Bauhaus Beginnings at the Getty Research Institute
As an art history major I wrote my fair share of research papers. As such, I was constantly making my way to the Getty to study the works on display. It got to the point where I knew the campus well and felt like an expert in all things Getty. Except for the Research Institute – for some reason I never found a chance to visit and that particular area remained unknown to me. Recently, I finally made my way there to preview the exhibit Bauhaus Beginnings.
While the Research Institute largely is a resource for scholars it does have a public gallery that anyone can visit and currently on display is the comprehensive exhibit Bauhaus Beginnings. This year marks the 100th anniversary of the founding of the Bauhaus school and the significant event is commemorated with an exhibition of objects pertaining to its early years.
As an art history major I concentrated on Renaissance Art so my knowledge of the Bauhaus is fairly limited. I’ve long been a fan of the architectural style but really didn’t know much more about this significant art movement. So when I viewed Bauhaus Beginnings I was completely blown away by the vast subject matter contained within.
After World War I the Bauhaus School was formed in Germany with a brand new approach to art and education. No longer wanting to distinguish between fine art and crafts it offered an egalitarian approach to creative work. With one eye toward medieval works of the past and the other towards a modern, simple design future the school was highly innovative and out of it came such notable artists as Vassily Kandinsky and Paul Klee.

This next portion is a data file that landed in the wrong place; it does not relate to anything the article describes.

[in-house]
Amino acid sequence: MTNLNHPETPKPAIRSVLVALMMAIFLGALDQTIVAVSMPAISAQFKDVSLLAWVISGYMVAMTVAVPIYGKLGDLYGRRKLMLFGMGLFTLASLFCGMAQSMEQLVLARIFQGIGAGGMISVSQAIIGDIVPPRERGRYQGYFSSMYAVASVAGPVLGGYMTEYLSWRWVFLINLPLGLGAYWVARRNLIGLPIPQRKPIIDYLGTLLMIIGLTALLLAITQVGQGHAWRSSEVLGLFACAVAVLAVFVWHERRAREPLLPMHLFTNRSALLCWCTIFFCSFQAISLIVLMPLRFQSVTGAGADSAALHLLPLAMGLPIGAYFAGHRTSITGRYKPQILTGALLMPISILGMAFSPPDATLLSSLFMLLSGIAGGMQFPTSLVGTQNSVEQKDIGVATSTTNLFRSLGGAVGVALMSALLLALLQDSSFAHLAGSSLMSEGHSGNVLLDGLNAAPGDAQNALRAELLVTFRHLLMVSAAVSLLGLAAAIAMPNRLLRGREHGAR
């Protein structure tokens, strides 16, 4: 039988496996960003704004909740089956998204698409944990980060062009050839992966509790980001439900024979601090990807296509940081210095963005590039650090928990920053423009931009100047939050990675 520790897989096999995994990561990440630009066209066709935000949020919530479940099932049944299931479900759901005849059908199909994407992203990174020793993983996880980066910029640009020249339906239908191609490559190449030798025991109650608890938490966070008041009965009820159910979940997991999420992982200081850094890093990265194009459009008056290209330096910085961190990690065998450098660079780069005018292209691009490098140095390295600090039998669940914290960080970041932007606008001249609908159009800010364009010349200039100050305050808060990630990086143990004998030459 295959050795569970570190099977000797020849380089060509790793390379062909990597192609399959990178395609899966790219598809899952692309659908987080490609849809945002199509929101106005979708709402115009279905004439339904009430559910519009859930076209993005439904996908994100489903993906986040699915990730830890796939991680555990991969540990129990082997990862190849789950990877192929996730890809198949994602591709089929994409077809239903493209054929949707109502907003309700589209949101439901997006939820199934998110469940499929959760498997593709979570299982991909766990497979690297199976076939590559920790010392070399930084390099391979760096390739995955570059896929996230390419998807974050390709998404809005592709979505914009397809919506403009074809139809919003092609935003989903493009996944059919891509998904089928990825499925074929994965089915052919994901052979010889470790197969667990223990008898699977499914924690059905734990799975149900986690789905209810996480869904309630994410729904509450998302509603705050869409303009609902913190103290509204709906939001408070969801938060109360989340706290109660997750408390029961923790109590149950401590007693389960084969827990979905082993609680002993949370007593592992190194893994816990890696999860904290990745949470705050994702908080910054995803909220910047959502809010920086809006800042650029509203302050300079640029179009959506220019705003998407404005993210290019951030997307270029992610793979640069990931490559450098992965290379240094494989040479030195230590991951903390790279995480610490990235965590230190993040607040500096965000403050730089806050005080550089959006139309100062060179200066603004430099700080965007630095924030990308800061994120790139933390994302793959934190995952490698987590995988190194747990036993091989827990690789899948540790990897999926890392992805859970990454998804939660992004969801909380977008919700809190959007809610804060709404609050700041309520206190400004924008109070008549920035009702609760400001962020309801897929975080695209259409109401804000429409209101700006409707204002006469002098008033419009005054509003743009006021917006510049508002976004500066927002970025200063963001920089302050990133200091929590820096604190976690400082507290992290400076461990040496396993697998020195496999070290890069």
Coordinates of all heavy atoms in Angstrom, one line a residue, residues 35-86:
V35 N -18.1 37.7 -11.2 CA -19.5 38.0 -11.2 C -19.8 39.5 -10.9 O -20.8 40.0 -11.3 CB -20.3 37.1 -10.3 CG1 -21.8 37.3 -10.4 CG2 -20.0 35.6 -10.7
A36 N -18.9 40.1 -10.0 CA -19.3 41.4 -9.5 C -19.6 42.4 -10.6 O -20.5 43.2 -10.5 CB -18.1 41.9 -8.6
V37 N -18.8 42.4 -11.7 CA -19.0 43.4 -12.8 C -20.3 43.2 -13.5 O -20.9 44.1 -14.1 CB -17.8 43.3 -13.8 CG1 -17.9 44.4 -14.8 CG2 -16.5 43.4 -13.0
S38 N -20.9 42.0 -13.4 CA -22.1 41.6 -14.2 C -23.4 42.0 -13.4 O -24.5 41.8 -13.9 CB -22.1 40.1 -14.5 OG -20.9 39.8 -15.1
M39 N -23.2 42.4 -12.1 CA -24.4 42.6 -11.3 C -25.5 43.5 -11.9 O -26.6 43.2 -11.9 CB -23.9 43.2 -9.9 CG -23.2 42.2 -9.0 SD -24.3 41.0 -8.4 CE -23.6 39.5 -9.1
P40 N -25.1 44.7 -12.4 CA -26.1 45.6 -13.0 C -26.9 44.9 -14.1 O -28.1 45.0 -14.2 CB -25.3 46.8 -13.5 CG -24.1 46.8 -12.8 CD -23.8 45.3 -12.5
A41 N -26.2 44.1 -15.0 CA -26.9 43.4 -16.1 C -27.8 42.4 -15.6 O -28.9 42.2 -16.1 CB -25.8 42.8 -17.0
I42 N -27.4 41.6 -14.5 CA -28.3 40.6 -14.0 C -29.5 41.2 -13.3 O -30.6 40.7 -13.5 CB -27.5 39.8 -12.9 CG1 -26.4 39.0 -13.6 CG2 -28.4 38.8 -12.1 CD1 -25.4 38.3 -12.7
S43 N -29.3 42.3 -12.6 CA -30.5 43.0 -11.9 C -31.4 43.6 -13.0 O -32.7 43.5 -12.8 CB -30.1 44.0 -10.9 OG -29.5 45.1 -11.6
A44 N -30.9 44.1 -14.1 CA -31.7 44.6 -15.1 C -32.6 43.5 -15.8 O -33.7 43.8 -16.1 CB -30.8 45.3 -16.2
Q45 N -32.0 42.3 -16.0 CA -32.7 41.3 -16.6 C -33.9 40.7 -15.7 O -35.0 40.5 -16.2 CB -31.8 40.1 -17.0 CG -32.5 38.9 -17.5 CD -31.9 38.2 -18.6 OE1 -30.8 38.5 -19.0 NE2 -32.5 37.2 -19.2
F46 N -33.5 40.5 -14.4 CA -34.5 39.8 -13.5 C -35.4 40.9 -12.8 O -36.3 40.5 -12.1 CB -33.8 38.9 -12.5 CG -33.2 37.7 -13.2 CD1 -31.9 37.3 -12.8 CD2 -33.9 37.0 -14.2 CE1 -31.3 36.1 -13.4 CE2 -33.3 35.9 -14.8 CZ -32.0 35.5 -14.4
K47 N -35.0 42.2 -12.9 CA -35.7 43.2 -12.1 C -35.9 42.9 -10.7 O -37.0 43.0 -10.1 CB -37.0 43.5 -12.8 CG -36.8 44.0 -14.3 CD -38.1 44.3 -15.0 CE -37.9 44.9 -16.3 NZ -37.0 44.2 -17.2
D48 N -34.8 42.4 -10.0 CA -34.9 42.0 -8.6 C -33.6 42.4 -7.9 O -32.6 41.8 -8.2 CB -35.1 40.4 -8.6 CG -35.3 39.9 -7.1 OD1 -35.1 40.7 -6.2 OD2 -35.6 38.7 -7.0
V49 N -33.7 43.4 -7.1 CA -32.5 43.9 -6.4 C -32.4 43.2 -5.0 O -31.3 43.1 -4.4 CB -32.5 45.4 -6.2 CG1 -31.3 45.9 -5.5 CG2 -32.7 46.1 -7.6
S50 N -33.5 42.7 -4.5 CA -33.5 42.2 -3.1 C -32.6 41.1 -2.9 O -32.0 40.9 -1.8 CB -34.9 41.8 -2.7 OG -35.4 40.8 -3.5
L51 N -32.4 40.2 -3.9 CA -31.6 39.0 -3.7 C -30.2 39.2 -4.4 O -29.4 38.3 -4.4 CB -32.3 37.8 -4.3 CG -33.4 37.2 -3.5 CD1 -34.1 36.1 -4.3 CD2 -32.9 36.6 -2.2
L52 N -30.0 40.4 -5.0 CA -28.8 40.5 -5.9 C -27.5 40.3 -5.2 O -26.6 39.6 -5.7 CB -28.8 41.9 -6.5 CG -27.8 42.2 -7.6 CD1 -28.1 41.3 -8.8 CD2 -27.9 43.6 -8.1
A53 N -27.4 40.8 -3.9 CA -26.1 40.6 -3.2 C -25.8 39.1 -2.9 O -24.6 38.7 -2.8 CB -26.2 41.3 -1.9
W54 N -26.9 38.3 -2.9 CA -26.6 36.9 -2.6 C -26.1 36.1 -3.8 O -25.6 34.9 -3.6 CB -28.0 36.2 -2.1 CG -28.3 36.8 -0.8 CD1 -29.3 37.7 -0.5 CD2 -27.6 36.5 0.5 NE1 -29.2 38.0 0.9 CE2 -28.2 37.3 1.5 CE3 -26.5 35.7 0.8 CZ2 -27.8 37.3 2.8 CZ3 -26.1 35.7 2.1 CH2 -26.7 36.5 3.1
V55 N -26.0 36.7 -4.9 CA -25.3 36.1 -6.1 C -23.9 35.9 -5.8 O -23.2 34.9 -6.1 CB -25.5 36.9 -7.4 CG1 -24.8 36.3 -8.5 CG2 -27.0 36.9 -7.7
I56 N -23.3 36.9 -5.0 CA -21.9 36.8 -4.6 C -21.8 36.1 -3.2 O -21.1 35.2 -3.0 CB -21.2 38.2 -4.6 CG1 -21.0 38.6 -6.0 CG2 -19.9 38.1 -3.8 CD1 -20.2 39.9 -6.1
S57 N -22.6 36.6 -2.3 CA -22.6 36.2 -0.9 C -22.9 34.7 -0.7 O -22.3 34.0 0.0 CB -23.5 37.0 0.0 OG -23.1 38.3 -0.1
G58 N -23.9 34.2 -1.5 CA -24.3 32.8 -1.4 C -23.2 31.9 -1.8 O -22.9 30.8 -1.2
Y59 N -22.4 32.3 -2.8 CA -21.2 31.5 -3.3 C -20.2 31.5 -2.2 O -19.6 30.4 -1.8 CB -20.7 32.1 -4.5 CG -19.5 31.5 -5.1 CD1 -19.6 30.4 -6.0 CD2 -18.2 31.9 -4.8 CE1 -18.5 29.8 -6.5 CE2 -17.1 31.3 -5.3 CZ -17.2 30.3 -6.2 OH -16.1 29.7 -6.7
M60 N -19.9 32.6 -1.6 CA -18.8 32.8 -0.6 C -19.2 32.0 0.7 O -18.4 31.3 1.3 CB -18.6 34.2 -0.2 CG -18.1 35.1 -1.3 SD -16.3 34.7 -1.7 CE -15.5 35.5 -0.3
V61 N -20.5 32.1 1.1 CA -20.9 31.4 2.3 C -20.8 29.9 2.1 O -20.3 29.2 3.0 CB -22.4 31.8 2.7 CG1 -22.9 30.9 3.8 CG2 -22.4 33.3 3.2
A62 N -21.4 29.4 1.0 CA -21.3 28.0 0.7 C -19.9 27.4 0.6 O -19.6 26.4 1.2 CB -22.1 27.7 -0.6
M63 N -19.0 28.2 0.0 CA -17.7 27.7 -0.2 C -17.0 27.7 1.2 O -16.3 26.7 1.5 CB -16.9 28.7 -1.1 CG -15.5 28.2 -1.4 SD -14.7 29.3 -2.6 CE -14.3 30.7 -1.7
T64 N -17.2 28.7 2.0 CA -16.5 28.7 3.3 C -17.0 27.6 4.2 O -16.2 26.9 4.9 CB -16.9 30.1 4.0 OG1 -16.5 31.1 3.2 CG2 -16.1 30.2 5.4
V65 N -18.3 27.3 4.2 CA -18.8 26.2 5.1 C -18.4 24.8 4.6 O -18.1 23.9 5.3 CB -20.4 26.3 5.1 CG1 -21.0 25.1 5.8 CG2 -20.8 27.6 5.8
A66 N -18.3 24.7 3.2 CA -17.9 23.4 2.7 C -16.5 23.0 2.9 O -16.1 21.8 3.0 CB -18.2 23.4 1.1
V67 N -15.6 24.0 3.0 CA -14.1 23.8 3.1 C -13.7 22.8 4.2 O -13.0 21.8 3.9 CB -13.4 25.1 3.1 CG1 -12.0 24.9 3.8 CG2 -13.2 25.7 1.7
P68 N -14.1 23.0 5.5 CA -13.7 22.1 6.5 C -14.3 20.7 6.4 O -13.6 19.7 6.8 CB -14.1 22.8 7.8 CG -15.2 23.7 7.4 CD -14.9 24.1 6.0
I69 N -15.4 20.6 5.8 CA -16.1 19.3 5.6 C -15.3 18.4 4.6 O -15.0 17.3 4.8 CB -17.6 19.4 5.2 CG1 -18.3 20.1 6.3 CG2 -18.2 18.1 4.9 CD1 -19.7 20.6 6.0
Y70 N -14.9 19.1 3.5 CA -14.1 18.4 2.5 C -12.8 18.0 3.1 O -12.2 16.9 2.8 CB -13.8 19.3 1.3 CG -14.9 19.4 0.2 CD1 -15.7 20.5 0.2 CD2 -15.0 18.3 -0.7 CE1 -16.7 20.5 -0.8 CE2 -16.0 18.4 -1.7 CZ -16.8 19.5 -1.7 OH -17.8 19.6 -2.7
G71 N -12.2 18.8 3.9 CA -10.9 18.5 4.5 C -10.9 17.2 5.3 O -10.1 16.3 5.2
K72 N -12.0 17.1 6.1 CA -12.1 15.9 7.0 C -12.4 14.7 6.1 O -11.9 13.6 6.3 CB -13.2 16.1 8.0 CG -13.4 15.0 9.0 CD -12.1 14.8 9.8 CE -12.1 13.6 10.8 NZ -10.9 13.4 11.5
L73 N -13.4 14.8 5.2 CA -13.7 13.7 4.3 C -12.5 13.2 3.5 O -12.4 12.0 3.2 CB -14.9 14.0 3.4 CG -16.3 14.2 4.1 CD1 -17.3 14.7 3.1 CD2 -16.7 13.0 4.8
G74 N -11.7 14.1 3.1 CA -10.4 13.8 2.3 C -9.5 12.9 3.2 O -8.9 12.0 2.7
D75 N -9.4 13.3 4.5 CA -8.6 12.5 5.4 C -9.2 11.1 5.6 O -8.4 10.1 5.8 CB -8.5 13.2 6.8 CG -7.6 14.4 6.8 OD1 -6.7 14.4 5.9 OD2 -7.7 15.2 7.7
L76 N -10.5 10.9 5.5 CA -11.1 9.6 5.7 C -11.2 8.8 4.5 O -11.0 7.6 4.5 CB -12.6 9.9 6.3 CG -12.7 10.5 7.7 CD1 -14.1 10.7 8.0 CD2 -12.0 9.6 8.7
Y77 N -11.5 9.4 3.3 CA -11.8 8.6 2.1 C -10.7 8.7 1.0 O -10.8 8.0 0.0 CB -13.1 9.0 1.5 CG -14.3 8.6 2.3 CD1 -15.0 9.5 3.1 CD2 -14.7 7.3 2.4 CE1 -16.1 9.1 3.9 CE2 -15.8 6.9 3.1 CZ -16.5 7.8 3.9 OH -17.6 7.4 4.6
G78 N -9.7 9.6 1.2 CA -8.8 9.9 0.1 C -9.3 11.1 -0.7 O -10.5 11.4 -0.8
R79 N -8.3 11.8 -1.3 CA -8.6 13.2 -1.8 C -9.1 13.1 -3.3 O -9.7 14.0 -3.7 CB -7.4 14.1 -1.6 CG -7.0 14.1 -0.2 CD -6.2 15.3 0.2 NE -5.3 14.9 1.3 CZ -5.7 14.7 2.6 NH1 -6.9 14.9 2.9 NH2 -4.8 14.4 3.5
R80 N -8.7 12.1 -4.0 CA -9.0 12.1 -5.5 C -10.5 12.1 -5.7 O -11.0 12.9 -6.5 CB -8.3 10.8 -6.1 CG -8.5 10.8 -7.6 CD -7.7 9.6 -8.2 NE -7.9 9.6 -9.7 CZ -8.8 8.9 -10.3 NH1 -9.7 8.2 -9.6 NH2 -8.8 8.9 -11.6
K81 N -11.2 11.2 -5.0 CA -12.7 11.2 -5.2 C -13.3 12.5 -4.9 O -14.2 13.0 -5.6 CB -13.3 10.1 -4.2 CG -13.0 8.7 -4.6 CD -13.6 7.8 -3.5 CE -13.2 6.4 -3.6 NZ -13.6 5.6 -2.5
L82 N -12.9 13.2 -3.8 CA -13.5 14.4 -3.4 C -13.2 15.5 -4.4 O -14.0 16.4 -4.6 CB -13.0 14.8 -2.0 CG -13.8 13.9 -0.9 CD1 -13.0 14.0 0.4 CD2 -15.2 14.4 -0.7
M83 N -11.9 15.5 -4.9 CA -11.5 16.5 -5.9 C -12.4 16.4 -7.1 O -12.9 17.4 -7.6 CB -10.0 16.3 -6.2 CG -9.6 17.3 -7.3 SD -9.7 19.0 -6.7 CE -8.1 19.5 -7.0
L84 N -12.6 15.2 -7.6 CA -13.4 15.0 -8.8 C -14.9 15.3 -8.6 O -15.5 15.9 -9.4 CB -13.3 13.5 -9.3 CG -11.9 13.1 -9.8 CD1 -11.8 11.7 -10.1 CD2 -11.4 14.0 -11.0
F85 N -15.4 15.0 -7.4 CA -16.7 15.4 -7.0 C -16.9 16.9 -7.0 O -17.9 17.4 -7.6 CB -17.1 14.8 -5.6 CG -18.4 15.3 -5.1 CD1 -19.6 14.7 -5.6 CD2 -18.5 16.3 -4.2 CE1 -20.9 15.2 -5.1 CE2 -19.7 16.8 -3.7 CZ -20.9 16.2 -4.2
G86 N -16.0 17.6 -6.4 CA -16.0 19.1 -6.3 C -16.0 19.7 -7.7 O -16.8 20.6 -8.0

While works by such masters as Klee and Kandinsky are shown in the exhibit they are not the primary focus. Instead, it is the school itself and in keeping with its egalitarian ways the works of great artists are intermixed with the works of unknown students. The result is a comprehensive exhibit offering an overview of the school as a whole rather than it’s most notable alumni.
Bauhaus Beginnings is a detailed look into the early days of the Bauhaus. Thanks to the Getty’s vast collection of prints, drawings, photos and other works there is an enormous selection on display – some of which are making their public debut.
I thoroughly enjoyed wandering through the exhibition and learning about a movement that had long fascinated me but which I knew little about. Now I know so much more and am eager to keep learning all about Bauhaus. Luckily, there is also a companion exhibit Bauhaus: Building the New Artist which is entirely online. If you can’t make it to the Getty or just want to delve further into the movement you can visit this interactive exhibition and learn all about the Bauhaus curriculum from Form and Colors to Matters and Materials to Body and Spirit.
Bauhaus Beginnings is on view at the Getty Research Institute until October 13, 2019 and is included with regular museum admission